How 9 Women Inspired My Career


thank you reservoir

I might be late to the party on International Women’s Day, but I want to take the (belated) occasion to thank the women in my career who have helped to mold and shape me. I’ve been lucky to have be influenced by incredible women, considering I’ve been in male dominated industries my whole career. This is by no means an exhaustive list of every woman who has made an impact on my life, but a thank you to those who have become friends and mentors and were inspirations at key points in my career.

  1. Jody – The negatives don’t get anything accomplished. It is important to focus on the end result and goals to drive self and others to a solution.
  2. Janice – You taught me the importance of flexibility, patience, and being true to your own style of working with others can be effective in getting the job done.
  3. Angie – I learned that having personality and fun at work was in all reality a better thing than being “only professional” all the time.
  4. Rebecca – The transition post-college was difficult, but you challenged me to be great and taught me the basics for successful project management.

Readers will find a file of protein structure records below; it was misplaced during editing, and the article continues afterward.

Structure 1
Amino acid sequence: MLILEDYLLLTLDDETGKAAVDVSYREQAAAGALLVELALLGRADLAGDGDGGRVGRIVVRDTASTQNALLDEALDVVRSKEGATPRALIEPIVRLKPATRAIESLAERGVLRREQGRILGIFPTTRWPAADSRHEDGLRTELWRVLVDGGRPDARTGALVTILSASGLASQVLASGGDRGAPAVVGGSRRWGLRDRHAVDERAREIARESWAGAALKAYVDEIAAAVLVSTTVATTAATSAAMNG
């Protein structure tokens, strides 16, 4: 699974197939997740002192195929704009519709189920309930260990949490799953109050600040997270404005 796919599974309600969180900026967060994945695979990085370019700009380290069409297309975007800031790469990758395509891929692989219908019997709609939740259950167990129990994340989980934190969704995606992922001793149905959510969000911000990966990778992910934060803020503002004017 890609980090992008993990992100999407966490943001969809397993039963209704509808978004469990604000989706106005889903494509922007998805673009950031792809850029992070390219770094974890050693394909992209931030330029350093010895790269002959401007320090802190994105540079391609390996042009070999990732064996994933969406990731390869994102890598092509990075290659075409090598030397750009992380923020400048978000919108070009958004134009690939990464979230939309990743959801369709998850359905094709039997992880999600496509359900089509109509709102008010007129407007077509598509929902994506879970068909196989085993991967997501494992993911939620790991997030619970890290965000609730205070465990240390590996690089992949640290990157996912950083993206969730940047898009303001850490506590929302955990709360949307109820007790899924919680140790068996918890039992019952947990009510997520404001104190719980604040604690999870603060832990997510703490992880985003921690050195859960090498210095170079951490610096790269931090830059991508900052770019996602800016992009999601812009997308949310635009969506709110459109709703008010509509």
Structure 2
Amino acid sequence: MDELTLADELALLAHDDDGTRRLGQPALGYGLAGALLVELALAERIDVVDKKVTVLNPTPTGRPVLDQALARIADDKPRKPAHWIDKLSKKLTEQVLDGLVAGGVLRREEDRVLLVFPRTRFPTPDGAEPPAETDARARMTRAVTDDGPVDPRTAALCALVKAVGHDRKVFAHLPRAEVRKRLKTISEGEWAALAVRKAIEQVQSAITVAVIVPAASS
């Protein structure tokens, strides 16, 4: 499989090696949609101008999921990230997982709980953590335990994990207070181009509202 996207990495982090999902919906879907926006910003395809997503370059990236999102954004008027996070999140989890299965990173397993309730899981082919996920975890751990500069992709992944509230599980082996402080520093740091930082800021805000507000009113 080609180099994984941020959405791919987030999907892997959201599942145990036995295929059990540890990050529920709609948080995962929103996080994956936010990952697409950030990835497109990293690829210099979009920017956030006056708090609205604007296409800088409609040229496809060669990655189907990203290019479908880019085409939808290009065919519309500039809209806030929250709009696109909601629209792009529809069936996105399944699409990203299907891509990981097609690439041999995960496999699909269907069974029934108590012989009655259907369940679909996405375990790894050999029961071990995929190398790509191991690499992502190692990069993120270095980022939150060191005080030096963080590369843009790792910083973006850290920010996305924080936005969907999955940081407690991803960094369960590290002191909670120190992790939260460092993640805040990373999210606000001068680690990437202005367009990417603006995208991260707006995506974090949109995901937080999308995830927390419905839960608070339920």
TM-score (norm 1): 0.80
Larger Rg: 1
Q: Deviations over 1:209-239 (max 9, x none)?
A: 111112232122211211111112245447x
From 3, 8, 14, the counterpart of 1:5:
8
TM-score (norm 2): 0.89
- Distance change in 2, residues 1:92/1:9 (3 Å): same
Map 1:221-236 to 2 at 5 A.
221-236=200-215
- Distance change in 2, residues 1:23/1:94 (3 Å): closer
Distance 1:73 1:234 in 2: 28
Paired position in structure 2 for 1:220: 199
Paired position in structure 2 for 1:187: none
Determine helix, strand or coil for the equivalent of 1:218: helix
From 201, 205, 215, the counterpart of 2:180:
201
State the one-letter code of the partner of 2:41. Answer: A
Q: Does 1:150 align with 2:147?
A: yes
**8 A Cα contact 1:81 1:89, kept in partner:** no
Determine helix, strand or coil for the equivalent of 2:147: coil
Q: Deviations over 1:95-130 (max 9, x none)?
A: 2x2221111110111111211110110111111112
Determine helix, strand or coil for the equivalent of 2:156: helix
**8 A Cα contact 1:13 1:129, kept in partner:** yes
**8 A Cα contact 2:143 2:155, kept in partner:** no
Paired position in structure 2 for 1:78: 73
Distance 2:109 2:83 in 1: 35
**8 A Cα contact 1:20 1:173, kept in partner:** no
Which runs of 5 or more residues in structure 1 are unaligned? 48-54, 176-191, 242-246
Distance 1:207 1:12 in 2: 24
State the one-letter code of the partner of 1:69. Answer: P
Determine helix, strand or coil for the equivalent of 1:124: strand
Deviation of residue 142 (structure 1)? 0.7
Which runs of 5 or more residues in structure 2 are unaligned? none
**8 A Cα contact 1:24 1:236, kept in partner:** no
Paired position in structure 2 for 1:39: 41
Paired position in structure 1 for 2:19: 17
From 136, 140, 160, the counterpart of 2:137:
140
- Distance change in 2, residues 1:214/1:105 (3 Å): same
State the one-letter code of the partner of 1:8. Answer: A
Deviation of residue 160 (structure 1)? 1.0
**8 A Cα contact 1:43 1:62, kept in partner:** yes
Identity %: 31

5. Sarah DL –  Your attention to detail made your projects successful, and you kept others accountable for their own work because one person can’t do everything.
  6. Sarah AI – The work will always be there, but the fun times should have room both in the schedule and on spontaneous occasions.
  7. Alicia – You made me realize how important it was to have friends at work, for both the good times and the bad times.
  8. Janine – You let nothing stand in your way of proving yourself and exhibit perseverance in everything you do.
  9. Krystal – The power of friendship transcends industry lines. We’ve been at key points in career trajectory at similar times, and to have the closeness with someone who understands the ups and downs with little detailed explanation is comforting. You’ve helped me sort through some of the existential questions like “what do I want to do?” with clarity to find happiness at work.

Thank you to all of you for your belief in me – I am beyond thankful you all popped into my life!

I’m holding off on highlighting the women who impact me in my current role because I am quite fortunate to have numerous amazing women to work with. My mother deserves a post of her own someday!

Who are the women in your life who have positively impacted your career?


Best Pieces of Advice I’ve Received: Scheduling the Day


This is the first post of an occasional series that will touch on some of the best pieces of advice I’ve received throughout my life.

A fall day, sophomore year of college, behind a goalie net with two other goalies, chatting while the forwards were being given directions in the drill (our mission was straight forward – stop the ball!) – this was when I received one of the best and most transformative pieces of advice, not just for college, but for life.